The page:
At first glance, the report in Haaretz several days ago [Dec. 26] might have sounded threatening. The European Union has despaired of the Palestinians and Israelis (mainly the Israelis) and in 2013, according to Barak Ravid, the paper’s diplomatic correspondent, intends to “force” the establishment of a Palestinian state.
The immediate need for such a move, according to the report, stems directly from Israeli and Palestinian interests, as identified by experts in Brussels, Paris and London.
This conclusion regarding Europe’s intentions is apparently the result of an internal Israeli Foreign Ministry discussion. Before we delve into its details, a small sidebar is in order about the (alleged) intimidators: Perhaps, after imposing a diplomatic solution to a century-old conflict in the Middle East, the French and the Germans might be able to resolve their sharp differences with the Conservative government in London over the future of the European Union itself. Maybe they could finally decide whether the European Union is a state-like body with a real government, a type of confederacy, a federal entity or a kind of unified statement of intent? Perhaps they could also give the world a hint of how they will cope with tensions between the Union’s periphery and its economic capitals.
After all, these questions lie at the heart of the deepest crisis in the union’s history, a crisis that is the result of the global economic recession. The visionaries of the European Union wanted to have the best of all worlds — a monetary union without a fiscal union. One of the ensuing results is the Greek fiasco. Another is high double-digit unemployment among young people, in the southern and eastern states of the union.
These arguments are being made here not in order to denigrate the power of the Union but simply to ask — does today’s European Union possess the required prestige to “impose” a solution?
The answer, probably, is “no.” The European Union was never able to gain an impressive foothold in Israel in order to influence decision making, a foothold that is remotely reminiscent of US influence regarding Jerusalem. It does not enjoy popularity, either. This is understandable. Israel’s population has been moving to the right in recent years and the European Union maintains its position supporting the creation of a Palestinian state. Notwithstanding the fact that the union repeatedly stood by Israel’s side in confrontations with fundamentalist organizations such as Hamas and Hezbollah, it never managed to break through and become a force able to effectively block moves by the Israeli government. Only one person in the world holds such power — the president of the United States.
The European desire to reach an agreement and to change the path of the diplomatic process is perfectly understandable. From a patriotic Israeli point of view, at least in the eyes of this writer, it is very justified, even essential.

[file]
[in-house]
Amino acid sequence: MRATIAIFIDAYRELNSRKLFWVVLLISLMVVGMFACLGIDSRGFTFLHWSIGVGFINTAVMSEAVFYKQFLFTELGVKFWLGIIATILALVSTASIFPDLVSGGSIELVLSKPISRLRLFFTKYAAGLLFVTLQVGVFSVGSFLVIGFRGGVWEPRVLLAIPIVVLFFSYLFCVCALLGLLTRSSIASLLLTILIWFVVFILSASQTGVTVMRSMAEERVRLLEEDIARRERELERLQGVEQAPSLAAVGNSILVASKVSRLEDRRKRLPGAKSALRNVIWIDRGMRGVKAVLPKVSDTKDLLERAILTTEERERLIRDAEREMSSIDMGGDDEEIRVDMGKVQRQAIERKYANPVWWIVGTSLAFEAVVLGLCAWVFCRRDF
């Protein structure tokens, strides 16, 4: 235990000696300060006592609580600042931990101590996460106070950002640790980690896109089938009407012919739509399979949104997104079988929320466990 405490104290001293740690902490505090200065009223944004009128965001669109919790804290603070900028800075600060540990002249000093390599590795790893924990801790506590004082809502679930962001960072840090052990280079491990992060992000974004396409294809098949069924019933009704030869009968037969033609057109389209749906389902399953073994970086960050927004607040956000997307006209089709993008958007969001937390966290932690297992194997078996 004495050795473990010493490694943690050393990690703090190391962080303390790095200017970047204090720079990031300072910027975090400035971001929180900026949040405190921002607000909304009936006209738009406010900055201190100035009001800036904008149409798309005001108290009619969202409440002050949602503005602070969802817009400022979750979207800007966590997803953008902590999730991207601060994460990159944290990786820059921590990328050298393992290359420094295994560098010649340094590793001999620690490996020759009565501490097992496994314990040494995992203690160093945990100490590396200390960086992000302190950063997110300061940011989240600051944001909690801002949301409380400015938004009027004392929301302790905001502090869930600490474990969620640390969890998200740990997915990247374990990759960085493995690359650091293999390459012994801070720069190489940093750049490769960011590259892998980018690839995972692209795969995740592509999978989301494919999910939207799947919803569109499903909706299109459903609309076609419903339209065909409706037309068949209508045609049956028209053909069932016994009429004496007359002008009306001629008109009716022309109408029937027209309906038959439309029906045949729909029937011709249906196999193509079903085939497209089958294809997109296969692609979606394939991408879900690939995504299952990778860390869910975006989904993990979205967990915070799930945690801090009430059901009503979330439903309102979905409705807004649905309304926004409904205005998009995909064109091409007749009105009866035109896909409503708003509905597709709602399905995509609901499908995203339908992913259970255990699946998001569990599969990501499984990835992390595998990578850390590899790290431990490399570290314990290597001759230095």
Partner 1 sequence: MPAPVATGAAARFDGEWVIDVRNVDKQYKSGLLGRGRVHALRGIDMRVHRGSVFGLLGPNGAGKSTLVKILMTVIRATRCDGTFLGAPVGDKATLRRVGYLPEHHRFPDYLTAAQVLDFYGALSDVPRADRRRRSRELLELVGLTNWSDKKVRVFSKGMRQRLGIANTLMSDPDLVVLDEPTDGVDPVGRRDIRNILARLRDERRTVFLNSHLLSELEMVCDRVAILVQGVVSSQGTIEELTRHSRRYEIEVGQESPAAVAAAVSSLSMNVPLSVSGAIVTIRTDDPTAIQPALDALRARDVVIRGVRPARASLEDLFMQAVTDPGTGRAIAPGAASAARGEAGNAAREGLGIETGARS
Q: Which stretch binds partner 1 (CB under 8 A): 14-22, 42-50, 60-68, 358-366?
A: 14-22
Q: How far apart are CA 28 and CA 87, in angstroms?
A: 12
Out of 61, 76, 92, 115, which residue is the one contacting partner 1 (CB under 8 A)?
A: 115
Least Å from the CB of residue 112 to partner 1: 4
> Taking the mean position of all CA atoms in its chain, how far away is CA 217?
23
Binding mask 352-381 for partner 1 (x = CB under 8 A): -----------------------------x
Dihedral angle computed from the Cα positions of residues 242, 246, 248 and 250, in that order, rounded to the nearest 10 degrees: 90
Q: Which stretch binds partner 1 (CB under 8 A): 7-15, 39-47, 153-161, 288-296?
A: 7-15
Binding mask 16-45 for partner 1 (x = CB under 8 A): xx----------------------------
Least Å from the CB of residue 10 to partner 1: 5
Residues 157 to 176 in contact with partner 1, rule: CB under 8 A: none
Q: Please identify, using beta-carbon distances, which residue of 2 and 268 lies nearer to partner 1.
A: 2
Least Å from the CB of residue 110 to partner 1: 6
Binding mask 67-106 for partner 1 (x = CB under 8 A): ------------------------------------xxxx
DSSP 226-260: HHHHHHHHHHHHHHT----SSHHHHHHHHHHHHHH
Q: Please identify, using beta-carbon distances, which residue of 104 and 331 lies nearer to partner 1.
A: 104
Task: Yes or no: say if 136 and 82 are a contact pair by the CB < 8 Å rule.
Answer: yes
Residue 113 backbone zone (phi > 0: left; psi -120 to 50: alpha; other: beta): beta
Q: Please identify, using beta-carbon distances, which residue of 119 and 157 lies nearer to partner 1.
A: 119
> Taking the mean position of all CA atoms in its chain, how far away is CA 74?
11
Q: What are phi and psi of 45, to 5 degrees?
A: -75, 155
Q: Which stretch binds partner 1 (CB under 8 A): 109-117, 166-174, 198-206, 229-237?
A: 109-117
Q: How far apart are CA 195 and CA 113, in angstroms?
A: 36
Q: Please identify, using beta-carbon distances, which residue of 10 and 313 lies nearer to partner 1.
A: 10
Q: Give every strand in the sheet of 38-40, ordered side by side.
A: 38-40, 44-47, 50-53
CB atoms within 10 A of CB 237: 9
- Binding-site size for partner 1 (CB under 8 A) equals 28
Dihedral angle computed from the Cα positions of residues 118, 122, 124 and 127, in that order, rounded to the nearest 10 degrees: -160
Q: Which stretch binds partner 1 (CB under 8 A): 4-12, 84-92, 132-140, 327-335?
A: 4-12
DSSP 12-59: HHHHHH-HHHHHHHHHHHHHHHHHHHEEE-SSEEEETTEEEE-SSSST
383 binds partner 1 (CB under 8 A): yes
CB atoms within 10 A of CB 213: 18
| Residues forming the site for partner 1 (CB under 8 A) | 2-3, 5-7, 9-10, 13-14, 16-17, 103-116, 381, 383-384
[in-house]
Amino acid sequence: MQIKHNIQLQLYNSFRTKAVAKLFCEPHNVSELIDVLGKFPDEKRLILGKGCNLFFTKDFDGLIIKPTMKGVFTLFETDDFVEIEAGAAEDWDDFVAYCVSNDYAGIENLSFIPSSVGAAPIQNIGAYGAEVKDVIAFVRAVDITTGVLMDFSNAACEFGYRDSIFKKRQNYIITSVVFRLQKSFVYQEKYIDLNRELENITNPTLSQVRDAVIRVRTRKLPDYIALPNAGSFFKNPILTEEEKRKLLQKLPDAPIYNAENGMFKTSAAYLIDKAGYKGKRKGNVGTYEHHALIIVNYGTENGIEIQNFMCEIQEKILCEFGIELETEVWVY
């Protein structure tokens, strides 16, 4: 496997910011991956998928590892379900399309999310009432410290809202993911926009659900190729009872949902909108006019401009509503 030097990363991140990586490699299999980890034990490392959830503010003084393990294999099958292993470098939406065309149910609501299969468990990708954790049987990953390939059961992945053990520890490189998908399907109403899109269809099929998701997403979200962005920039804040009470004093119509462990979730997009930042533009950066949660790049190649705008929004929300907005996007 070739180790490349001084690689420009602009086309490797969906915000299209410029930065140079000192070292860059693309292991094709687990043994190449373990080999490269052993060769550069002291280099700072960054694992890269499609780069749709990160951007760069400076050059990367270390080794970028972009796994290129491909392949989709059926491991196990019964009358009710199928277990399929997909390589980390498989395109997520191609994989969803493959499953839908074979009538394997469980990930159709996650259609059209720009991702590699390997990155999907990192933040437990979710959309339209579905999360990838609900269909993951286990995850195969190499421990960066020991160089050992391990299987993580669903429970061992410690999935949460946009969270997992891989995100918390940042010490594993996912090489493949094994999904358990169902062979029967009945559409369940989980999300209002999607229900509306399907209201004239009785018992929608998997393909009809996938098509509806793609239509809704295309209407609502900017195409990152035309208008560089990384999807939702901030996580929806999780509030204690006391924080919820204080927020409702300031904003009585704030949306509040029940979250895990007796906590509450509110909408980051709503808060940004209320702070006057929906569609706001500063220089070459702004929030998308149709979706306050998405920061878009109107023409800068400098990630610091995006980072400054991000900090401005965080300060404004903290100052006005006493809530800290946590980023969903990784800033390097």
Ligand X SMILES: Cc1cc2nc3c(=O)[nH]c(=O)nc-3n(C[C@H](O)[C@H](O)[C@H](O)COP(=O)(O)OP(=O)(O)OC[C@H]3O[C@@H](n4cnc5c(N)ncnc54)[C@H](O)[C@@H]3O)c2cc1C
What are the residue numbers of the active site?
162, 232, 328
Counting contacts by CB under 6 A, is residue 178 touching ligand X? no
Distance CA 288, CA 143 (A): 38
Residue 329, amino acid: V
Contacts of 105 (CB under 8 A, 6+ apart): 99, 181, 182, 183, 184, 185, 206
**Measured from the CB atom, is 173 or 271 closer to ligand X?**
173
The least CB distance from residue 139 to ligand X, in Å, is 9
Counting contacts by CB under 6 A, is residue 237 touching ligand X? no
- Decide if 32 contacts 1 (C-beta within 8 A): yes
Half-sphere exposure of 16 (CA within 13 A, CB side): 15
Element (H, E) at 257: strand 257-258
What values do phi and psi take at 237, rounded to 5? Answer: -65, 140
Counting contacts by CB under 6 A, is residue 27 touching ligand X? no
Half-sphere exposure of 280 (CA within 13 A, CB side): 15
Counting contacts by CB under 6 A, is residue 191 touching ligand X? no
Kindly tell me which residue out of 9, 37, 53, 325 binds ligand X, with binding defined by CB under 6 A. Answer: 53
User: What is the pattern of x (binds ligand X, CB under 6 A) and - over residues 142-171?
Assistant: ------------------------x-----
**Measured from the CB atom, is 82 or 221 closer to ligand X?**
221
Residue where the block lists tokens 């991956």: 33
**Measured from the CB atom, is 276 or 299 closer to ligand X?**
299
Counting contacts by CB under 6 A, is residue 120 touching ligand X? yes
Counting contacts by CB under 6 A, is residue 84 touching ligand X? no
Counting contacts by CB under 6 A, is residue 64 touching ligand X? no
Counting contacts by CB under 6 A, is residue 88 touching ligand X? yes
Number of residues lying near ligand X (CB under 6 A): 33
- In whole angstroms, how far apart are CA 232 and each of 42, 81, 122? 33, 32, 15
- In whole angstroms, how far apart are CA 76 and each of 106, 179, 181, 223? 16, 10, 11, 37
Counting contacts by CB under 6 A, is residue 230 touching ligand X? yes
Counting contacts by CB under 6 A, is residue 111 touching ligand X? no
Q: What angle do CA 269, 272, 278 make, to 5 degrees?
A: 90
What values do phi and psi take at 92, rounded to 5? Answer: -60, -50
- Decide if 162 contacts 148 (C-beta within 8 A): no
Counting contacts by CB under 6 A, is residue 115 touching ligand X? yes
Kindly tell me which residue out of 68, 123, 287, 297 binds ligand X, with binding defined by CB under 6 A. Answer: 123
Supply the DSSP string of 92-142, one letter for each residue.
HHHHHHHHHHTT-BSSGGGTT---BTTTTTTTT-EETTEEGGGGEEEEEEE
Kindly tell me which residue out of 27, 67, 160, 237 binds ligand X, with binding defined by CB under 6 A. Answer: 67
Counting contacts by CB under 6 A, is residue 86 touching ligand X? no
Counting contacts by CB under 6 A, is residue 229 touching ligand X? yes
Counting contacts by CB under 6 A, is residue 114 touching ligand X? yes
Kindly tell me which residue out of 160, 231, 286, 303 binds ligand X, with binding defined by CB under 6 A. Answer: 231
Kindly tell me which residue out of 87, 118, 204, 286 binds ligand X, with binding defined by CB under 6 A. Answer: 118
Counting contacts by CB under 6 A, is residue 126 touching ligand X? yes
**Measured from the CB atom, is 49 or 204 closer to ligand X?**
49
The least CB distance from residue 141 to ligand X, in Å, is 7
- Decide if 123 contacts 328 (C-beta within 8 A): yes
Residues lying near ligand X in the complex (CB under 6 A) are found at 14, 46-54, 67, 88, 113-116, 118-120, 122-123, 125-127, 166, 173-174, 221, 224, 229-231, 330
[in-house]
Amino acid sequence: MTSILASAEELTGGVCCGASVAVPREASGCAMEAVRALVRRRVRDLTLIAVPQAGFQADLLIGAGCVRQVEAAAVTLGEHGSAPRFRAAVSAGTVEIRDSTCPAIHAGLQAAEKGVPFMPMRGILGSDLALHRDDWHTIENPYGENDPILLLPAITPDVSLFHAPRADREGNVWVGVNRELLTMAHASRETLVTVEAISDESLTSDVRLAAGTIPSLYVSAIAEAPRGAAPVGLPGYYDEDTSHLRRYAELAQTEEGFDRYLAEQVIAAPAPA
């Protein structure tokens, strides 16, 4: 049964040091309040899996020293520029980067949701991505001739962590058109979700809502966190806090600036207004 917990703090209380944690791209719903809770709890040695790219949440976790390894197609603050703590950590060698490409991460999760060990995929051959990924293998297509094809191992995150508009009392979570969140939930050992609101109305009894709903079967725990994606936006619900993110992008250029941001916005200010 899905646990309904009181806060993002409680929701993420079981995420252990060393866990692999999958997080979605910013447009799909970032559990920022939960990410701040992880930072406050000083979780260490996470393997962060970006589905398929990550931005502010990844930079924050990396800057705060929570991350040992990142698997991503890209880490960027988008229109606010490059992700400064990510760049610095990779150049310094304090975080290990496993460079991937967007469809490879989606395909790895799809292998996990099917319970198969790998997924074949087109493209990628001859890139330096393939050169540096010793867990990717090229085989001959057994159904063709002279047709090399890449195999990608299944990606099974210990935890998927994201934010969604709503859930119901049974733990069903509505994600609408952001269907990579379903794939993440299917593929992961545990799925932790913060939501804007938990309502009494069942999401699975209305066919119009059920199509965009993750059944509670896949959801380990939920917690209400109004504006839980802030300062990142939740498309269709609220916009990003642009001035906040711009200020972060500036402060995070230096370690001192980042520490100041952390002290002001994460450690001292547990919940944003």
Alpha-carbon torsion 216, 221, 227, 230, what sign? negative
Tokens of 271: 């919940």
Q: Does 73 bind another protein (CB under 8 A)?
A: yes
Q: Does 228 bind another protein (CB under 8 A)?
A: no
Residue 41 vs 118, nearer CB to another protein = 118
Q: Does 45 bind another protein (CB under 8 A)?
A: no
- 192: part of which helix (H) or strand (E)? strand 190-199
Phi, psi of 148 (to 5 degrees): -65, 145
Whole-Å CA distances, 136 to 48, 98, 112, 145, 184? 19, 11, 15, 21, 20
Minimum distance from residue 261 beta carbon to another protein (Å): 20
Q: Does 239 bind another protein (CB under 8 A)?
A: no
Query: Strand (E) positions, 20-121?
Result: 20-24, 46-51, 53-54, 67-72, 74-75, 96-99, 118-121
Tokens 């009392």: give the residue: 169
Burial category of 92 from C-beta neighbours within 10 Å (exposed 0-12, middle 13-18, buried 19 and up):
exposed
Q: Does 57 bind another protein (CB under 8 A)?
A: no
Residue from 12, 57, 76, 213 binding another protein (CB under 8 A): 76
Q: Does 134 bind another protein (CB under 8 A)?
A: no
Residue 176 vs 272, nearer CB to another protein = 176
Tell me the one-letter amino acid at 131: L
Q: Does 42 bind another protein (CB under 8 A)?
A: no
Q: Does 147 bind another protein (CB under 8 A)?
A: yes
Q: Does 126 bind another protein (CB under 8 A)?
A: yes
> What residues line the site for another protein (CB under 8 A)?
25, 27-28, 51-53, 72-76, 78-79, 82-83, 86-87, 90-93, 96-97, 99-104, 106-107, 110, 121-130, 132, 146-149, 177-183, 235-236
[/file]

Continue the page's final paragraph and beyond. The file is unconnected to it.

The problem is one of effectiveness. The European Union does not leverage its powers, not in an effective manner and not very cleverly, in order to achieve the desired results. Mainly, it repeatedly fails to create a joint strategic vision with the United States and to bring it on board for such a process. Occasionally, a senior European comes up with an independent course of action; there’s no point to such attempts without full American support. This is the first message to Europeans interested in change: It will not work without the United States, not with the Israelis, in any case.
But there are more substantive questions. Many Israelis, as well as Palestinians, would be very interested in hearing whether the Europeans are willing to join an international defense force of observers in the case of an agreement ending the conflict; not a full-fledged military force (Israel traditionally refuses to allow its security to be placed in the hands of international bodies), but rather a widespread force of observers who will monitor the agreement and perhaps take some preventive steps.
Would the Europeans be willing to provide thousands of soldiers to such an end? Would they be willing to help fund the compensation payments for Israelis forced to leave their homes, as the Americans agreed to do during the Clinton administration? Will Europe provide Israel with a strategic defense umbrella in case of a comprehensive peace in the Arab world? And what about Israel’s accession to the European Union? In other words, do the Europeans have the will and the ability to help Israel, which will be forced to undergo a painful process, rife with threats, of determining its borders?
There’s another question. Would the Europeans be willing to propose to Israel the following deal — neutralization of the Iranian threat, by force if need be, in return for a peace agreement with the Palestinians? The Israelis might go for such a deal. Given that Iran poses a threat to Europe almost as much as to Israel, this is an obvious move. But is Europe willing to create a vision for itself that contains an element of deterrence, perhaps a military one?
There’s no doubt they have been making serious efforts in recent decades, even serious investments. But this requires the involvement of a world power. Europe has yet to decide whether it wants to be one.